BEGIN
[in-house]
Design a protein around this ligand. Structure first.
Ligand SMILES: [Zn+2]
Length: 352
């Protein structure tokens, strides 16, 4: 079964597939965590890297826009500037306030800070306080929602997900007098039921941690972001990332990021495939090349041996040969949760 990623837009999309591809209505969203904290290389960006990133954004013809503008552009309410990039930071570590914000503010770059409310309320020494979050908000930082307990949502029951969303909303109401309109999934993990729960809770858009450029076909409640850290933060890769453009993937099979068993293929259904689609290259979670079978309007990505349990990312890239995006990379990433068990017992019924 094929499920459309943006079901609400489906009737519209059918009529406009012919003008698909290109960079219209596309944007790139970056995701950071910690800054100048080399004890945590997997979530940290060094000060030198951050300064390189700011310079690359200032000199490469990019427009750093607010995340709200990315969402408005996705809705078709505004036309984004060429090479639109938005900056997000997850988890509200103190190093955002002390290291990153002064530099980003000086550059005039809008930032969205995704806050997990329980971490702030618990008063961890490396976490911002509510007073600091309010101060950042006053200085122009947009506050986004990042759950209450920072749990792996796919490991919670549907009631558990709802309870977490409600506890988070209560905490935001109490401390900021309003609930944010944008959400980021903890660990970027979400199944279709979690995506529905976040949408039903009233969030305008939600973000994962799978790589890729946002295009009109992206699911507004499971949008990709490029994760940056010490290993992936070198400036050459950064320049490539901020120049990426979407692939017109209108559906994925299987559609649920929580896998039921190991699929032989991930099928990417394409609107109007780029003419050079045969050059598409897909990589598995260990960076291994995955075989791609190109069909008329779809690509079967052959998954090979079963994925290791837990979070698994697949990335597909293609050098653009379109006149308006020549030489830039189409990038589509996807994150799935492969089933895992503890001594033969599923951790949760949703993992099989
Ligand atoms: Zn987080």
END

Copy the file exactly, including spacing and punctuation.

[in-house]
Design a protein around this ligand. Structure first.
Ligand SMILES: [Zn+2]
Length: 352
């Protein structure tokens, strides 16, 4: 079964597939965590890297826009500037306030800070306080929602997900007098039921941690972001990332990021495939090349041996040969949760 990623837009999309591809209505969203904290290389960006990133954004013809503008552009309410990039930071570590914000503010770059409310309320020494979050908000930082307990949502029951969303909303109401309109999934993990729960809770858009450029076909409640850290933060890769453009993937099979068993293929259904689609290259979670079978309007990505349990990312890239995006990379990433068990017992019924 094929499920459309943006079901609400489906009737519209059918009529406009012919003008698909290109960079219209596309944007790139970056995701950071910690800054100048080399004890945590997997979530940290060094000060030198951050300064390189700011310079690359200032000199490469990019427009750093607010995340709200990315969402408005996705809705078709505004036309984004060429090479639109938005900056997000997850988890509200103190190093955002002390290291990153002064530099980003000086550059005039809008930032969205995704806050997990329980971490702030618990008063961890490396976490911002509510007073600091309010101060950042006053200085122009947009506050986004990042759950209450920072749990792996796919490991919670549907009631558990709802309870977490409600506890988070209560905490935001109490401390900021309003609930944010944008959400980021903890660990970027979400199944279709979690995506529905976040949408039903009233969030305008939600973000994962799978790589890729946002295009009109992206699911507004499971949008990709490029994760940056010490290993992936070198400036050459950064320049490539901020120049990426979407692939017109209108559906994925299987559609649920929580896998039921190991699929032989991930099928990417394409609107109007780029003419050079045969050059598409897909990589598995260990960076291994995955075989791609190109069909008329779809690509079967052959998954090979079963994925290791837990979070698994697949990335597909293609050098653009379109006149308006020549030489830039189409990038589509996807994150799935492969089933895992503890001594033969599923951790949760949703993992099989
Ligand atoms: Zn987080």